Newspaper Page Text
NEWPORT DAILY INDEPENDENT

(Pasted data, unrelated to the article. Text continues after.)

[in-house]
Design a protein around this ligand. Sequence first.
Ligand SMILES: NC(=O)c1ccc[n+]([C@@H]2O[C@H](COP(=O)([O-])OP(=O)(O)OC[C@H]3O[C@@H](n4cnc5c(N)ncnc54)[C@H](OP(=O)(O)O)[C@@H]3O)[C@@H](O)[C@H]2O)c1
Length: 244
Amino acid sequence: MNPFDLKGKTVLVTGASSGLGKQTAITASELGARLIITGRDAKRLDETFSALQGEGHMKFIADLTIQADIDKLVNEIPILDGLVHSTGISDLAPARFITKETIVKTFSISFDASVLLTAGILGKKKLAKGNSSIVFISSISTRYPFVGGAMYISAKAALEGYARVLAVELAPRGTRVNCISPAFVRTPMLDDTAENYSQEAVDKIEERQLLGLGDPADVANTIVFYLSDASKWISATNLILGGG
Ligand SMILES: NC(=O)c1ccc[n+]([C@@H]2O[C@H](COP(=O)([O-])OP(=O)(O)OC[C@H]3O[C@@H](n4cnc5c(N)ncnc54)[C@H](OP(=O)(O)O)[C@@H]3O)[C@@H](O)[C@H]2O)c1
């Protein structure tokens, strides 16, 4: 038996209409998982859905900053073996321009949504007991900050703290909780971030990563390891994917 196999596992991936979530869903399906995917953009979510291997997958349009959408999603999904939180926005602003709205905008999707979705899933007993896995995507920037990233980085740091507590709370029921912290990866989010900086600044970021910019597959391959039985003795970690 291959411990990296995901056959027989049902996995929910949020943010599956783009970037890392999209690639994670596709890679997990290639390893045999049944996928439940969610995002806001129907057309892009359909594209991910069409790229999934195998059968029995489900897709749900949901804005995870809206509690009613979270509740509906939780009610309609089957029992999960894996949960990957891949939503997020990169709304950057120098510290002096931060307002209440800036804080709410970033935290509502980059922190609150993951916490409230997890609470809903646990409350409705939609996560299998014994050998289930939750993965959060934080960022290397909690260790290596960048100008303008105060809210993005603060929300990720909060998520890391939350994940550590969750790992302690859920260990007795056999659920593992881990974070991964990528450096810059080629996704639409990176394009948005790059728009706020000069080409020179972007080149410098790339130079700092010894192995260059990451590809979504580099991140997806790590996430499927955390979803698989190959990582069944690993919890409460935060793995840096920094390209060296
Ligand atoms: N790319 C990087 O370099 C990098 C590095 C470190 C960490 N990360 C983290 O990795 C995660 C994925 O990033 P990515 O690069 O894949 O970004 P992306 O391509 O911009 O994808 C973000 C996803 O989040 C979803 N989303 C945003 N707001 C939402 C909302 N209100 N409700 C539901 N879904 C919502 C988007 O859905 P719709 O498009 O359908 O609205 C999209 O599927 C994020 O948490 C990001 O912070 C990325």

PERCY H. VAN DYKE, Publlthar «nd Editor. NEWPORT, - - ARKANSAS. COZY CORNER ON THE LAWN. The Latent !■ a Gra»* Shack Shelter One, an Well an tnulfchtly and FatlKulnic. A cozy corner on the lawn is a ne cessity now. In these days of scien tific hygiene and health hunting it is not enough to sit on your wide veranda and breathe pure oxygen; you must get out on the grass and down upon the very bosom of Mother Earth nnd strive to secure some of her precious electric and magnetic forces. This hunt for earth magnetism has brought about the invention of the portable bamboo and rattan summer house, the striped cotton waterproof tent nnd cart loads of furniture, especially adapted to use on a lawn. Some fam ilies have set their faces countrywards with the avowed intention of all but sleeping on the gras*, and they have carried with them what they call a grass shack, but what is really one of the green rattan lawn shelters. These, says the Washington Star, are light weight and beautifully made; so light, indeed, that a couple of strong ten-year old boys can put it in place and carry it about. The shelter, what ever it is made of, is built with three walls and a slanting roof, and on fair days of moderate temperature it is delightful to sit under its fretted shade and take in the air from all points of the compass. If the sun is too hot or if there comes up a shower, curtains of green waterproof awning can be drawn, to shut out the heat and moisture, leaving the front of the shack still wide open. The floor of the shelter must he the fresh green grass, n -n si oitovtr rl n tr o vollatl cTinlllll ItP CP t tip in a new place in order to preserve the. lawn from injury and also in order to gain the benefits accruing from sit ting and lying on fresh, vital springy, gr^ss-tufted earth. Along with the shelter must be pur chased a complete set of lawn furni ture. It consists of tables and benches and chairs made of light green wood, and for people who draw or write out of doors, and also prefer to eat under bamboo shelter, a green monk’s bench is the greatest boon. This is not so heavily built that it can not be pulled about easily, and its broad back swings at need into an am ple steady table top. Beside this there is a folding green reading and sewing table that can be stretched to do duty as a ping pong board, and, by the heart shaped openings cut in two of its uprights it can be lifted and car ried by two delicate women. To use these they make, of canvas and of close-woven Japanese matting, folding chairs with broad seats, high backs, stendy legs and easy arms; or, in wood that is stained green and pol ished. a triangular or square set of benches lines the walls of the shelter, and a testable to match occupies the center of this outdoor apartment. If a bamboo or rattan shelter is not purchased a strong wooden skeleton frame can be had far more reasonably, and a smart green and white striped awning roof, with cunning little dor mer windows mounted on it. Three awning curtains, that button on and roll up like those on the sides of a top buggy, are hung at the sides and rolled down and buttoned as the sun grows too warm for its direct rays to be endured. None but sleeping rugs are used with a lawn cozy corner, because the idea is that the efficacy of the habit of living outdoors lies in Keeping your feet on the earth. If it is too damp to do this, then it is best to set up the cozy corner on the veranda, but when the weattier is fine not only should one sit on the lawn, but when the napping hour comes around, on a fine Mexican or Indian blanket one should couch tint upon the earth.a jute pillow stuffed with sweet hay under one’s head, and sleep of the most beneficial sort will result. Ofj course a blanket on the grass is a hard bed at first, but one grows accustomed to it. and one is sup posed to fairly soak in the purest earth energy by following this device. Mothers with nervous children, over worked men and neurasthemic women are advised to try the “next to the . ground” cure this summer, with a view to counteracting the debilitating and exciting influences of our artificial modern city life. lied room l’unlahment. Bedroom punishments for children are extremely bad, and the shutting up of little ones in darkened rooms and cupboards absolutely wicked. This has been known to be the cause of much unhappiness in after life. The telling of alarming stories by ig norant nurse maids, too, cannot be too sternly and promptly cheeked. If we wish our young children to go to bed happy when night comes, we should carefully , guard against any bad impressions being connected with that time. There is no doubt that the child who sings herself to sleep at night is the one whose night’s rest will be most beneficial, and whose mental powers will in crease properly with the rest of her body.—Washington Star. Not ElltcIMe. "So you are just married,” said the chief of the railroad Information bu reau, who wanted a clerk. “Does yo«r bride make pie?” "She does,” replied the applicant for the place; “but what has that to do with my securing employment in your office?” “Oh, some,” said the chief. "We are supposed to answer inquiries polite ly, and I’m not taking chances on the temper of a man with indigestion.”— Baltimore News. A Conditional Diagnosis. “What is the matter with me, doc tor?” “I fear you have a severe case of cephalalgy,” was the reply. “Great guns, doctor!” I can’t afford it!” “Oh, that’s different. It’s headache —same thing. You’ll be all right soon.” —Baltimore News. Always Liked Company. Mr. Wifins (who detests society)— You didn’t care anything for com pany when I was courting you. Mrs. Wifins (who likes society) — You were company then.—N. Y. Weekly. Readily Defined. “Cyrus,” said Mrs. Berkenhead, “while you are on your way down town this morning I wish you would stop at the green grocer’s and—” “Can’t you forget your London bringing up for once and talk the United States language?” interrupted Mr. Berkenhead. “What is a green grocer?” “A green grocer is one that would trust you, Cyrus Berkenhead!” re torted liis spouse.—Chicago Tribune. Their Q,nest. Now forth Into the country The Summer maidens go; They seek a quiet hamlet. Also a Romeo. —New York Times. SUBURBAN AMENITIES. y . w. Knew HIn Man. Green—Why are you always trying to avoid Brown? You certainly don’t owe him money? White—No; but I’m afraid he wants to owe me some.—Chicago Daily News. Not So Plain. Mrs. Hunter—Well, Norah, are you a good plain cook? Applicant—Oi’m as good as anny wan, mum; but Oi’ll hov yez know there are some as don’t considheir me so turrible plain, mum.—Judge. He Had a Preference. Yeast—And don’t you object to your wife blackening her eyebrows? Crimsonbeak—Not on your life! I’d rather have her blacken her eyebrows than blacken my eyes. — Yonkers Statesman. A Bonanza. He saved and pinched and scraped and skimped To lay up hoards of gold; But now that miser sleeps unmourned; His grasping years are told, For all the gold he left behind, Each heir has filed a claim; And as for him who left the gold. The lawyers bless his name. —Ohio State Journal. IDLE CURIOSITY. First Neighbor—Hallo! You look busy. What are you doing? Second Neighbor—Planting some of my seeds, that’s all. First Neighbor (suspiciously)— H’m! Thought it looked as if you were planting one of my hens. Second Neighbor—Well, that’s all right. The seeds are inside.—Moon shine. His Explanation. Nurse was reading nature-stories of the chickens, ducks, and geese, "Johnny, tell me, what’s a gander?" asked she with a smile of peace. Little Johnny looked up quickly, all his fancy turning loose, As he answered, smiling proudly, “It’s the rooster of the goose.” —Judge. _ Another Theory Exploded. “If time is money,” remarked the Observer of Events and Things, “the common belief that a woman doesn’t spend anything when she goes shop ping is fallacious.”—Yonkers States man. Love's Way. “Do you believe in the saying ‘Love will find a way?’ ” “Oh, yes. Love will find a way, all right, but it isn’t always the best way. Sometimes it’s the way to the poor house.”—Chicago Post. A Wise Man, Hewitt—Which do you prefer, blondes or brunettes? Jewett—I have to prefer brunettes; my wife is a brunette, and it doesn’t do for her to find a blonde hair on my coat.—Judge. On the Contrary. Specialist—The trouble with you is that your joints don’t articulate well. Victim of Rheumatism—Don’t they? If I move this c*Pbow joint you can hear it a block away!—Chicago Trib une. - Bio Pleasure. “Why did you leave your last place?” “It was so dull,” replied the maid. “The master and mistress agreed per fectly, and never a thing came up for the servants to g^c?ip about.”—Chi cago Post. ™ Willing to Accommodate, “Is this, then, to be the end?” he sadly said. “Oh, I hope not,” she replied. “I shall still reserve three nights u week for the theater, if you say so.” •—Chicago Record-Herald. Sncceisful, Indeed. “They have become quite fashion able, haven’t they?” “Oh, yes. Why, they’ve even suc ceeded in impressing their own cook.” —Philadelphia Bulletin. He—What do you want to know why I was late last night for? She—I don’t want to know that—I just want to hear your excuse!—Ally Sloper. The Common Trait. Some men are born to win renown. And some to plod in lonely ways; Some come to sweep the tunelul strings, And some to lead In bloody frays. Some yearn for honor, some for wealth, And some the love for women wish. But no boy ever saw a pole Without the old desire to fish. —Chicago Record-Herald. The Youthful Feminine Idea. “What kind of a society is yours?” asked her father. “A secret society,” she replied. “But what is its object?” “Oh, just to have secrets from the other girls.”—Chicago Post. No Truth iu It. Ted—Faint heart ne’er won faiislady. IS’ed—It does in these days. I know half a dozen girls who just threw themselves at an old millionaire who was said to have heart disease.—N. Y. Sun. Henry ©wen PHYSICIAN, SURGEON ANft OCULIST. «,vm BAILEY BROS'. DRY GOODS STORE R. P. MORRISON, Architect and^-a^ Building Superintendent Parties desiring Plans or Spec ifications. write or call on me at 316 Second Street, NEWPORT, - ARKANSAS. WHEN GOING EAST - WEST - NORTH - SOUTH TAKE THE OLD RELIABLE ‘ Only line with double daily THROUGH SERVICE TO HOT SPRINGS NO CHANGE. CONNECTION MADE AT BALD KNOB for Memphis. UNSURPASSED SERVICE FAST TIME DIRECT CONNECTION MADE AT ST. Louis and Texarkana with lines DIVERGING. For information call on or ADDRESS WM. M. GREGG, Agent, NEWPORT, ARK. H. C. Townsend, G. P. A., ST. LOUIS. MO. Consisting of SLEEPING GAR WITHOUT CHANGE Between New Orleans MEMPHIS AND BUFFALO A Morning Arrival at Buffalo DINING-CAR SERVICE AND BUFFET-LIBRARY CARS En route. Particulars of agents of connecting lines,or by addressing ,T.M. Mohisf.y.T.P.A. Illinois Central R. R., Little Rock, Ark. A. H. HANSON, W. A. KELLOND, G. P. A., Chicago. A. G. P. A.. Louisville I ^Eupion Oil When buying illuminating oil insist, on having Eupion, the family safety. This is a dou ble distilled process oil that ii ordokless and absolutely safe. If you will use clean burners and wicks and Eupion Oil you will have best light obtainable. The only merchants in New port that sell this high grade oil are: Wolff-Goldman Mer. Co., W. B. Chastain, Wilmane Bros., R. D. Wilmans, Heili ger’s Union Market Co., Martin Bros., and Harris & Daugherty. ~ Waters-Pierce Oil Comp’y NEWPORT . LAUNDRY ...COMPANY... W. R. CROPPER, Manager. The Largest and Best Equipped Laundry in Northeast Ark. CThe Latest and Most Improved Machinery _Sill Washing done with the purest of water, filtered and condensed. t All Work Positively Guaranteed I Give us a trial and be convinced. AGENCY WORK SOLICITED. ———-Fhone No. 11.-* __ ' "